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The all-new #RIPTech wave

Rest in peace, technology’s naysayers! High time you got a grip on your emotions and your prejudices, writes Rajiv Makhni.

brunch Updated: Feb 28, 2016 01:10 IST

It seems like the last few days were all about ‘too-big to-fail’ tech icons suddenly being read their last rights. In a world that is way too quick on the draw to dismiss something as dead and buried, immediately put them on a #RIP hashtag, make it trend on Twitter and Facebook right at the top – it’s time for some perspective, people!


This one was funny. The declaration that Twitter was dead, with the hashtag trending right at the top, was on which social medium? On Twitter itself! The irony of today’s immediate result and instant-gratification-network society couldn’t have been more beautifully demonstrated.

Clipped wings? Twitter’s been in a spot of trouble and new user growth has flattened. But it isn’t going away anytime soon.

The reason why Twitter was declared dead was simple. Twitter’s been in a spot of trouble recently. Top executives have moved out, new user growth has flattened, they still haven’t cracked how to make really big money out of it, stock prices have tanked and they’ve been experimenting insanely with new features.

The final shot to the head came from the announcement that the 140-character limit would no longer apply and that the Twitter timeline would no longer be chronological. According to analysts and Twitter puritans, these two changes would sound the death knell as the no-character limit would take away the creative short form that made Twitter posts such a pleasure and the timeline not based on er... a timeline, would make it more like Facebook, where Twitter would decide what to show you according to what it thought was more interesting for you. This would effectively kill the main benefit of Twitter being the greatest news source known to mankind.

Well, let me make this really simple and declare it: #TwitterAin’tGoingAnywhere. It’s faltering a bit and its quest to be world dominant, trying to please everyone, becoming more mass market and playing to stockholders, is leading it into a series of missteps. But the fat lady is nowhere near breaking into a song. Twitter is too dominant a force now and just needs to keep it simple and clean. Exactly why it became such a tech revolution in the first place.


This one is so spot-on right and so staggeringly wrong – all at the same time. Here’s why it started off. As always, BlackBerry did the right thing at the wrong price. It brought in what many call the world’s best Android phone and then priced it higher than the Samsung S6 and the Apple iPhone 6S. The BlackBerry Priv is an incredible phone. It is built like a tank, with a gorgeous curved OLED screen, rocket ship hardware, great camera, a slide out keyboard that is an engineering marvel and a true Android OS mated with all the good things from Blackberry including security and encryption. Then they priced it at 62K. Such genius in poor pricing led to the final blow: declaring them six feet under.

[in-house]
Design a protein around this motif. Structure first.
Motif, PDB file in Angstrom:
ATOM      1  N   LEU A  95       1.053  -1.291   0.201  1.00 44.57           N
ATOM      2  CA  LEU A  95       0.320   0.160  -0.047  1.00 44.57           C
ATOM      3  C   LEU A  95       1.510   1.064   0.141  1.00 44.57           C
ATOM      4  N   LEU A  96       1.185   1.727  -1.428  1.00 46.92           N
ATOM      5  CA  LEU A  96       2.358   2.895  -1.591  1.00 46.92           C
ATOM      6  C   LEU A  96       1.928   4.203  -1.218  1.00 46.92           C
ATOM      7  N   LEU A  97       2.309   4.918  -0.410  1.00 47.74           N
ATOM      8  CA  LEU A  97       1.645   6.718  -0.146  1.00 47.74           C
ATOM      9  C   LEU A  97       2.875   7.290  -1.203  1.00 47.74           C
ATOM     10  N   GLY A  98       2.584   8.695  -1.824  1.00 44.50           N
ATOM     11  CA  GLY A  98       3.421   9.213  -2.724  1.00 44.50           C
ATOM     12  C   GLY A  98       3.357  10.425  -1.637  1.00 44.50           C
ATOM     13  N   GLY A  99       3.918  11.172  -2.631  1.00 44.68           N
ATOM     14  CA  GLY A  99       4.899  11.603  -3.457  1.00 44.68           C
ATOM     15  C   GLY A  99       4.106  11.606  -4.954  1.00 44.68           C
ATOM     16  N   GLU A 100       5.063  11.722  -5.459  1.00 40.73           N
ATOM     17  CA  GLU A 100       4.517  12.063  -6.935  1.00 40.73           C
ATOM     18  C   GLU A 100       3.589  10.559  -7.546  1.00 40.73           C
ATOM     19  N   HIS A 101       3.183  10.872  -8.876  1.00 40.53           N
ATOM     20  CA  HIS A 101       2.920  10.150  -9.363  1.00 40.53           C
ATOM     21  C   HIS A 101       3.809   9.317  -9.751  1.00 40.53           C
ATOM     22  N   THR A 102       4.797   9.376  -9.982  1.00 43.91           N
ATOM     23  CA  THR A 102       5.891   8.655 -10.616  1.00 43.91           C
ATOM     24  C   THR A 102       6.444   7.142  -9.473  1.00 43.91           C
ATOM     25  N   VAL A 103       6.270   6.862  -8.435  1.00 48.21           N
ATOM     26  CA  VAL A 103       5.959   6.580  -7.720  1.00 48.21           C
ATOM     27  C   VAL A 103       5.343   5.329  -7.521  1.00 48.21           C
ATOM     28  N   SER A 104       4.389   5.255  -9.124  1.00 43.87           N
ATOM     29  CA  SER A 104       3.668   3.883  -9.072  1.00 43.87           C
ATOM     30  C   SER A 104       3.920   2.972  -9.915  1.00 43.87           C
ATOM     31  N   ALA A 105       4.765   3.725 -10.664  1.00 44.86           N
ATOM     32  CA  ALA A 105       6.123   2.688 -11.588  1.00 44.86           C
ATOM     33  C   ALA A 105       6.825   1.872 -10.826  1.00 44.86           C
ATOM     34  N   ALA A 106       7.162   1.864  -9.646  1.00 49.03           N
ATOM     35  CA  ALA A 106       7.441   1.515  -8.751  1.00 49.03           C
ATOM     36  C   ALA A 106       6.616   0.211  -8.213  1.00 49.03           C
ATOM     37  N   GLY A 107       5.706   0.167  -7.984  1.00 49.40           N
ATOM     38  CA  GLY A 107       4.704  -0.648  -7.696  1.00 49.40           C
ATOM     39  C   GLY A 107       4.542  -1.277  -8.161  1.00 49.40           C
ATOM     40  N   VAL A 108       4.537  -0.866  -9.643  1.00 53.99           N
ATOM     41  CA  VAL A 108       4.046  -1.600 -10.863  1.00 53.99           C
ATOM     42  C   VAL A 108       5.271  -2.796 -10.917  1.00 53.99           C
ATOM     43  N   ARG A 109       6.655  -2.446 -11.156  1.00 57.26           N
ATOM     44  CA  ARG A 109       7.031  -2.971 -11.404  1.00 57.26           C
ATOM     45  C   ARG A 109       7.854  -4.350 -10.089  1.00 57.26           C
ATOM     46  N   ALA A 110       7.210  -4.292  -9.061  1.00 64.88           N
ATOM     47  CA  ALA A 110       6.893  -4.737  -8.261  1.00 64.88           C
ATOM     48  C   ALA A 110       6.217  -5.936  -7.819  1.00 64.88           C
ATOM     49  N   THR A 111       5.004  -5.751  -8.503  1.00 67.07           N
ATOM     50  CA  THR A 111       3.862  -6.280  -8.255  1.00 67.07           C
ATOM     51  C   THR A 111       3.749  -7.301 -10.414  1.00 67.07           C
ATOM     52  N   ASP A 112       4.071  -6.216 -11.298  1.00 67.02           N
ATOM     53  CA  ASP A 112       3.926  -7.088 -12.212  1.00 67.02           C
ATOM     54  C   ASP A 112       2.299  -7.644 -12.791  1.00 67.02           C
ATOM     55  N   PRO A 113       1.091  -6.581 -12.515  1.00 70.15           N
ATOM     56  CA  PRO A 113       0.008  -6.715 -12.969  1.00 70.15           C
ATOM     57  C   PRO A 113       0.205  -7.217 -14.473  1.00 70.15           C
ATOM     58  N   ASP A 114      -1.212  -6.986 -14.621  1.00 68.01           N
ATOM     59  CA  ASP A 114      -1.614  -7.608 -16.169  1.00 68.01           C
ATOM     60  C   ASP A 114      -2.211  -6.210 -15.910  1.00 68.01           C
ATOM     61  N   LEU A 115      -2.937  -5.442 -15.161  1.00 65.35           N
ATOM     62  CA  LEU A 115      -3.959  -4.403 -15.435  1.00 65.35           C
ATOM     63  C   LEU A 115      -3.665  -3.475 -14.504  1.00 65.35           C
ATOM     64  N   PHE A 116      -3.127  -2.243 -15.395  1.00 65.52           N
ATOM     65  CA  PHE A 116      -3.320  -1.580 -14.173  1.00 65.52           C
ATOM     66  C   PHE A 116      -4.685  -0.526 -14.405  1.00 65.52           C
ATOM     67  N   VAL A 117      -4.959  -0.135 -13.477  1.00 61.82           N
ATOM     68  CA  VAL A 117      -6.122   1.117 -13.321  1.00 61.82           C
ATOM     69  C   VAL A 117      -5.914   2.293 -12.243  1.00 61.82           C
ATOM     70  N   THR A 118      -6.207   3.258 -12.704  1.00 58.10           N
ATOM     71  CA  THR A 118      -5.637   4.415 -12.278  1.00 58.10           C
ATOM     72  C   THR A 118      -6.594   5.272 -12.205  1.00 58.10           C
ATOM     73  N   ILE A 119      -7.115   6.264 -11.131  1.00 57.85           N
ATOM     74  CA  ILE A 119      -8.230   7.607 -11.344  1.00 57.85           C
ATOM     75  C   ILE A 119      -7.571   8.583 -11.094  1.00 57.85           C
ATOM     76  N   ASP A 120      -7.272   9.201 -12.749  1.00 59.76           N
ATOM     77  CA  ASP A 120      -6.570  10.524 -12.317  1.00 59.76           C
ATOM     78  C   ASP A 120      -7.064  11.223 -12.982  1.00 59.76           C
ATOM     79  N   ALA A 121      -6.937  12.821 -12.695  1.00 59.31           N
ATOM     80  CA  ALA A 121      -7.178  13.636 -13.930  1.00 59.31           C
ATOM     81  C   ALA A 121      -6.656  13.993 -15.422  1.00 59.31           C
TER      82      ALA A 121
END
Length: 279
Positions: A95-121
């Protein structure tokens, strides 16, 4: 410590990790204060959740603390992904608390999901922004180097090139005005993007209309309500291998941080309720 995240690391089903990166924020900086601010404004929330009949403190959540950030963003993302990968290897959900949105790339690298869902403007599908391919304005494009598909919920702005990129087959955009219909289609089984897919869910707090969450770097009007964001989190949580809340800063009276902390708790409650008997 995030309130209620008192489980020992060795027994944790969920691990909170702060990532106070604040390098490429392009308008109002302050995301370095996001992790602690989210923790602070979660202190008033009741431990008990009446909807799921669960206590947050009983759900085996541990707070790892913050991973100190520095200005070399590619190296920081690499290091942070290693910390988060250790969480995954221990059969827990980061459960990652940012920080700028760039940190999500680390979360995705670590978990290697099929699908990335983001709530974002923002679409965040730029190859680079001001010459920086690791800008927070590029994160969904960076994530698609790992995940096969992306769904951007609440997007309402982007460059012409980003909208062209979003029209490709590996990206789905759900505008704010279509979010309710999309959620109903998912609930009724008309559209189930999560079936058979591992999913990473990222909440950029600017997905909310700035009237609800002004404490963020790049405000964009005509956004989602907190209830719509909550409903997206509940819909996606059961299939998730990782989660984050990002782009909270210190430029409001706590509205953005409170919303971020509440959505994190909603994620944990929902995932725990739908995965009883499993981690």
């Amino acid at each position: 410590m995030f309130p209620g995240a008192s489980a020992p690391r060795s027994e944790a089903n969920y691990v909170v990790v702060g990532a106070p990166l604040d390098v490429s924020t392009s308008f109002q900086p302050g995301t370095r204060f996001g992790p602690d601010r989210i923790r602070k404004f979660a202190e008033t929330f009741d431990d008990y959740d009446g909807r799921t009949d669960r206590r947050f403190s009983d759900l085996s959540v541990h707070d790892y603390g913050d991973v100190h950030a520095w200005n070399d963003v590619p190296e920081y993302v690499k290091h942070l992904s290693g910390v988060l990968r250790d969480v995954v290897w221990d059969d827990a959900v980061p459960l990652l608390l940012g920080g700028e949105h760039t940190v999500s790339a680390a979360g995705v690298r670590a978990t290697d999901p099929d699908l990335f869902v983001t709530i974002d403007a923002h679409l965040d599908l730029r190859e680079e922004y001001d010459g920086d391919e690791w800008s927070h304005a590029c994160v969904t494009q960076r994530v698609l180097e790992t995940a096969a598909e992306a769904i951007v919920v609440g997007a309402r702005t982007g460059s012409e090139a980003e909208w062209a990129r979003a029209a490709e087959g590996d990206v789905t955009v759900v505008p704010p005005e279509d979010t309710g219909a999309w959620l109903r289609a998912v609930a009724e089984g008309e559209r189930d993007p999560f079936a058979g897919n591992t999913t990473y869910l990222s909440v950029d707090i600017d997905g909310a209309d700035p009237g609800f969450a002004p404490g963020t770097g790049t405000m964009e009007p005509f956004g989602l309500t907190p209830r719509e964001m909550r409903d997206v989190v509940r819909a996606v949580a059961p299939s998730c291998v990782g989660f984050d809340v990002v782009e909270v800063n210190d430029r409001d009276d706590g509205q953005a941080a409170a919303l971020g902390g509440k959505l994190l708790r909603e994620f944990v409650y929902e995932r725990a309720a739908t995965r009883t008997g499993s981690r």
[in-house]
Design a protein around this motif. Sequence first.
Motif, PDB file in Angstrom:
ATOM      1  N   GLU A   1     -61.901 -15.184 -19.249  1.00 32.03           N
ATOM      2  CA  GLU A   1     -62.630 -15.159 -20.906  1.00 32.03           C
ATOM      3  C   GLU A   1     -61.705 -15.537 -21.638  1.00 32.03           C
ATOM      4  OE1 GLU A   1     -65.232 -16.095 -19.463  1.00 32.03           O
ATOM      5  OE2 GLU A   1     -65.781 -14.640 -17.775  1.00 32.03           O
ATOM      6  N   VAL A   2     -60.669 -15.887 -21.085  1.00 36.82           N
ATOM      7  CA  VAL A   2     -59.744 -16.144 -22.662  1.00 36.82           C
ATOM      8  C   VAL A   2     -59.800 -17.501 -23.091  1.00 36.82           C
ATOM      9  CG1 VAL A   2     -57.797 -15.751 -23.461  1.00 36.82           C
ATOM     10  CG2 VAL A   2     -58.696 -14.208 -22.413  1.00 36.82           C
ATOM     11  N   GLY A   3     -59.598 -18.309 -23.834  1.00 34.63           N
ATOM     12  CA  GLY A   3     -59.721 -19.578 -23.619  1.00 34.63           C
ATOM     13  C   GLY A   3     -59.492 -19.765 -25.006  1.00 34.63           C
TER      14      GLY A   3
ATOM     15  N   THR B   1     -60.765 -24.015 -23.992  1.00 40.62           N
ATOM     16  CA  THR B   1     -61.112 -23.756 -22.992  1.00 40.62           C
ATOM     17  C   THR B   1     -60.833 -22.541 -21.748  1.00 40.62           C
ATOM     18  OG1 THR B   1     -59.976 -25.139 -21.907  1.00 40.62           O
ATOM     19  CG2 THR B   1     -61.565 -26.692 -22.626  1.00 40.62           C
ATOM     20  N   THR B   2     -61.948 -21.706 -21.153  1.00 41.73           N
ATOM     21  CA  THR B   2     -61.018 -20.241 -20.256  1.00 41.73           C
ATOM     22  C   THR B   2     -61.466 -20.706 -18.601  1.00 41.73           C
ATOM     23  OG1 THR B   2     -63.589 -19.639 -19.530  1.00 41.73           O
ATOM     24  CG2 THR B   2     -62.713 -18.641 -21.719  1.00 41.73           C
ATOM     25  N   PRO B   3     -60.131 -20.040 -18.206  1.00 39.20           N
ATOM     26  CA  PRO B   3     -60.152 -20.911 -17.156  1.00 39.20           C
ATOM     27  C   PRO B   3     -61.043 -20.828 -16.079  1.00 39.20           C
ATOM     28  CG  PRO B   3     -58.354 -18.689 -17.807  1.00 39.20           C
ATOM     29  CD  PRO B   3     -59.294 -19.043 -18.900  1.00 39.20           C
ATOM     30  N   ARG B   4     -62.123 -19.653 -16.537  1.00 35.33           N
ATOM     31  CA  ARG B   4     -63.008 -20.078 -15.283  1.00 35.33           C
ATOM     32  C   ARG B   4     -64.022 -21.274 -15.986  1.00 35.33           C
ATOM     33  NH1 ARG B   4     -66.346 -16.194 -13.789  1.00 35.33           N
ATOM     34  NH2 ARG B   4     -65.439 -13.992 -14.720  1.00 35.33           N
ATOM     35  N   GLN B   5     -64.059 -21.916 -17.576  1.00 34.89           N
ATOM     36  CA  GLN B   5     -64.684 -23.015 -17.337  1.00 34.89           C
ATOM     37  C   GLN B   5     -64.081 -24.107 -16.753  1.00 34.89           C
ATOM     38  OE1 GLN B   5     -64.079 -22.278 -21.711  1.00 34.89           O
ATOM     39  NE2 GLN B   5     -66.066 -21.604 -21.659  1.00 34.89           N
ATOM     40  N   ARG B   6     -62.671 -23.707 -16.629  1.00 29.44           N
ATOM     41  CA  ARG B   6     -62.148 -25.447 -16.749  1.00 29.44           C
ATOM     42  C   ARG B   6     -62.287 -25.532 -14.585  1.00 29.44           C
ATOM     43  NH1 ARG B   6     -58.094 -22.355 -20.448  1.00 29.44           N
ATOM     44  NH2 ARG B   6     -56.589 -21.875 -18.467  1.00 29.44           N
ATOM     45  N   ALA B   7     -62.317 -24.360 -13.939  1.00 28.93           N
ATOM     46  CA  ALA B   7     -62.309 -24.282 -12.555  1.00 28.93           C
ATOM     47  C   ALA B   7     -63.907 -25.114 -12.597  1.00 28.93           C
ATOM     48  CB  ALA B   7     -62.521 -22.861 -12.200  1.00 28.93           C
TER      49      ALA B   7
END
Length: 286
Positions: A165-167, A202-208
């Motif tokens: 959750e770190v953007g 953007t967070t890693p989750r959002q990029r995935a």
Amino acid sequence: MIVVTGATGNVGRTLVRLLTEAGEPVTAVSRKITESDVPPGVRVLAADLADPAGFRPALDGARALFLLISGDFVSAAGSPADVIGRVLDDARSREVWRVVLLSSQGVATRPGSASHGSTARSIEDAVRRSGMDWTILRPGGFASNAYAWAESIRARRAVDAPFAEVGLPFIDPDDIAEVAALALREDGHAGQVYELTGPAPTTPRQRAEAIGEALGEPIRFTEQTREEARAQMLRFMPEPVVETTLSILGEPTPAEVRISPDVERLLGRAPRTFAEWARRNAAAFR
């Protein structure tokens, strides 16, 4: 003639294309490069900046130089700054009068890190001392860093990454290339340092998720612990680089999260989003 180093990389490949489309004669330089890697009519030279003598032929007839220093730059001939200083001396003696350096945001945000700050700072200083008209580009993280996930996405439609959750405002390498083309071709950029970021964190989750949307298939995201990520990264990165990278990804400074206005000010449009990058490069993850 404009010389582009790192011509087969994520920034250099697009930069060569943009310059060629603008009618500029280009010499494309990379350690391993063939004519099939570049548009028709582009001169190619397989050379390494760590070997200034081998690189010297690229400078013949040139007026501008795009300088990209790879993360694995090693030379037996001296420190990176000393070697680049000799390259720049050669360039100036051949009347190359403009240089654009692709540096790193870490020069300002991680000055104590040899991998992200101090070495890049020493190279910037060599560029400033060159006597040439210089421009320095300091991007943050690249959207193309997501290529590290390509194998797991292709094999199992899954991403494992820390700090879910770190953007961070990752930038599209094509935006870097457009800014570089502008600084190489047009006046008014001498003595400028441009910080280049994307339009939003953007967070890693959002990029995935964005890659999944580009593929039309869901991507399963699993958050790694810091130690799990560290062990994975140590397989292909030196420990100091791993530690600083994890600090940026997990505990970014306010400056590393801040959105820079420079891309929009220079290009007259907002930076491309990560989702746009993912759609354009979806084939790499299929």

BB isn’t going to be DB (deadburied) anytime soon either. In fact the Priv may well be the harbinger of a new BlackBerry. They’ve obviously cracked how to make an Android phone better. They also have what all of us will need very soon: an encrypted and secure phone (one global level hack job on all phones for all of us to wake up to the fact that our phones are very vulnerable). All BB needs now is to come up with a lineup of BlackBerry Android phones and fire the person in charge of setting prices.


This is a death to celebrate. TRAI became the Net neutrality poster boy for the rest of the world by declaring that no one could give away selective online services for free. That brought the curtain down on a bitter and very expensive campaign (I’ve never seen so many double-page advertisements) for Facebook Free Basics. The fallout was even more damaging.

Slaphappy Facebook board member Marc Andreessen lost the plot in a series of tweets that ranged from declaring the decision as “anti-colonialist” and continued in a tone-deaf manner by calling it “Another in a long line of economically suicidal decisions made by the Indian government against its own citizens”. The corollary was an apology and some barely concealed sulking that left Mark Zuckerberg red-faced!

Global poster boy: India is the shining star that holds the world net neutrality flag high.

This one is dead and dug into a deep trench. By being way too aggressive, converting an opinion poll into an election-like campaign and truly screwing up with bad blood after the decisions was declared, Facebook has effectively shot themselves in the foot. Bad! Now that India is the shining star that holds the world net neutrality flag high, there won’t be any going back anytime soon. This may in fact make other countries that caved in after Facebook’s onslaught have second thoughts too.

Now that I’ve done the autopsy, played the role of a mortician and been the funeral director, it’s time to move on to more pleasant topics. So what do you think of the new hashtag that is on fire right now - #RIPApple?

Rajiv Makhni is managing editor, Technology, NDTV, and the anchor of Gadget Guru, Cell Guru and Newsnet 3

From HT Brunch, February 21, 2016

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First Published: Feb 20, 2016 18:59 IST